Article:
Nike Crashes After Earnings Results

| About: Nike Inc. (NKE)
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Nike missed revenue estimates by 0.5%.

Shares dropped by more than 7% after-hours.

Nike has been attractively valued before the after-hours share price moves and is even more attractive right now.

I believe the selloff provides a great entry point.

Nike (NYSE:NKE) reported fourth-quarter earnings results on Tuesday after the market closed and subsequently sold off by more than seven percent after-hours. I believe this provides a great buying opportunity, as the reason for the selloff seems very arbitrary and Nike's valuation is attractive at the current price.

Nike beat EPS estimates by one cent, earning $0.49 per share in the most recent quarter. Revenues totaled $8.24 billion, which means an increase of 5.9% year-over-year. This was a miss of $40 million, since analysts had forecasted revenues of $8.28 billion (and thus a y-o-y increase of 6.4%).

I believe the fact that Nike missed revenue estimates by half a percentage point does not justify the after-hours share price crash we have seen after the company announced these results:


From its closing price of $53.09, Nike's shares have dropped to a low of $49.14 for a 7.4% share price decline. After-hours trading can be volatile and right now (at the time of writing) Nike's shares are trading above $50 again, but still down 4.5% from Tuesday's closing price.

A revenue miss by 0.5% does not justify such a share price move to the downside, I believe, especially not when combined with earnings coming in better than expected.

Nike's 5.9% revenue growth in the fourth quarter was a pretty good result when we account for unfavourable currency rates (which gets us to a currency neutral revenue growth rate of 9.0%) and other factors that had a negative impact, such as Sports Authority going bankrupt during the quarter - without this retailer's bankruptcy actual revenue growth would likely have been higher than the reported number.

With worldwide futures being up 8% (up 11% adjusted for forex) it looks like Nike's revenue growth will come in higher again in the next quarters, which means that the fourth-quarter revenue growth rate was an outlier (yet in no way a bad result, just slightly below the company's usually very strong growth rates).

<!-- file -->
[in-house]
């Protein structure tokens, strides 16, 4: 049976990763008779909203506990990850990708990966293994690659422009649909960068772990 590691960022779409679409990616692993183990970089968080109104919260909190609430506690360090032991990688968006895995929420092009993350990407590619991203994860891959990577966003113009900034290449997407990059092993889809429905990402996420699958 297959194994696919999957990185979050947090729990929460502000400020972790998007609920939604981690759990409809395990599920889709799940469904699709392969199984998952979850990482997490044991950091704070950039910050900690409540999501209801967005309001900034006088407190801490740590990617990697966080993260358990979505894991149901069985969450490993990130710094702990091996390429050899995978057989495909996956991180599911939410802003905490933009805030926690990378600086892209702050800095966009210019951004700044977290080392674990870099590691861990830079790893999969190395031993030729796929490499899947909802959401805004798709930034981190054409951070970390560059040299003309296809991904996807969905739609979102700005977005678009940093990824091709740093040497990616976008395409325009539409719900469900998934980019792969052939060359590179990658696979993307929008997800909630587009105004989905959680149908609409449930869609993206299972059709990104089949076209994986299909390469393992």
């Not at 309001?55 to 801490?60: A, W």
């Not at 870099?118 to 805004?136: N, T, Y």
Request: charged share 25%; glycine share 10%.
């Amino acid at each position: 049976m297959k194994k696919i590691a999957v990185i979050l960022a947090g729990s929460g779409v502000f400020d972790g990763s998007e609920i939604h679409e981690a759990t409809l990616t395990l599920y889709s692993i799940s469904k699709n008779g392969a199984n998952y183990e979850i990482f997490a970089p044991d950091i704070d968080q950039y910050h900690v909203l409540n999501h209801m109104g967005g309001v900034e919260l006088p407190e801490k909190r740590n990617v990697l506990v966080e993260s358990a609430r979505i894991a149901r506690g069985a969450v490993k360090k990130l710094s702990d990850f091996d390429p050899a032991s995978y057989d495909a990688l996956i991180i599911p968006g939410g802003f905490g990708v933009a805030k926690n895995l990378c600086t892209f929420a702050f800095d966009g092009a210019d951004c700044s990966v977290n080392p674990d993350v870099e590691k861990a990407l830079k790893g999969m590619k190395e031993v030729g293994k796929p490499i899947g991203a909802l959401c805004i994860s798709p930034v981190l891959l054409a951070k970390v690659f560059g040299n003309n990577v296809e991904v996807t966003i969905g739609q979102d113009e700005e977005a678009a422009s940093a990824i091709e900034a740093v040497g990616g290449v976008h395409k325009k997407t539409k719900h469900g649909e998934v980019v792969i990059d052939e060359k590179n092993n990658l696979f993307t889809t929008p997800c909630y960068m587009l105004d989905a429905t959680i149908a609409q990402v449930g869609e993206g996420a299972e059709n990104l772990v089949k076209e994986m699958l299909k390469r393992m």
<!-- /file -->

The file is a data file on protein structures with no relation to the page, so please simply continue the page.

At Tuesday's closing price Nike traded at 22.8 times trailing earnings, 20.2 times forward earnings and 17.6 times forward (1y) earnings. When we account for the after-hours drop we have seen (-4.5% right now), the valuation is even lower: The trailing P/E ratio stands at 21.7, the forward and forward (1y) P/E ratios are down to 19.2 and 16.7, respectively.

In comparison with Nike's historic valuation this is a very good price investors need to pay for Nike's shares right now. In comparison to the broad market's valuation Nike looks attractive as well: The S&P 500 index trades at 23.5 times trailing earnings (thus at a premium of roughly 10% in comparison to Nike's valuation), despite the broad index having a growth outlook that is not nearly as good as Nike's outlook: With short-term catalysts such as the Rio Olympics and management's goal of hitting $50 billion in sales in 2020, it is not surprising that the analyst consensus sees Nike's EPS growth rate at a very strong 14.5% annually over the next five years.

With a strong growth outlook, great fundamentals and a huge moat, and a below market valuation on top, I believe Nike looks very compelling at the after-hours price. Even at Tuesday's closing price of $53 Nike looks pretty good, I believe.

For income investors Nike is not very attractive, due to the dividend yield being just 1.2% (the dividend growth rate is high though). Those owning Nike shares and still looking for substantial income can use a covered call option strategy though: By selling call option contracts with a strike price above the current share price those investors can receive additional income (in the form of the option premiums), but limit their potential share price gains.

By selling the October 2016 call option contract with a strike price of $60 those investors get additional income of $0.60 per share ($1.80 annualized, or a 3.5% additional annual income yield), the maximum share price gain is limited at 13% though (45% annualized). This strategy could be viable for those looking to get some income from their Nike investment and willing to cap their maximum capital appreciation in return.


Nike beat earnings estimates and missed revenue estimates by an inch (0.5%) and dropped more than 7% after-hours - a completely unjustified share price drop, I believe. Nike's earnings grew substantially, despite currency headwinds and the Sports Authority bankruptcy; future orders and the upcoming Rio Olympics point to stronger revenue growth in the next quarters.

Nike is very inexpensive right now, both relative to the broad market and to Nike's historic valuation, thus the huge share price drop provides a nice buying opportunity, I believe.

Disclosure: I am/we are long NKE.

I wrote this article myself, and it expresses my own opinions. I am not receiving compensation for it (other than from Seeking Alpha). I have no business relationship with any company whose stock is mentioned in this article.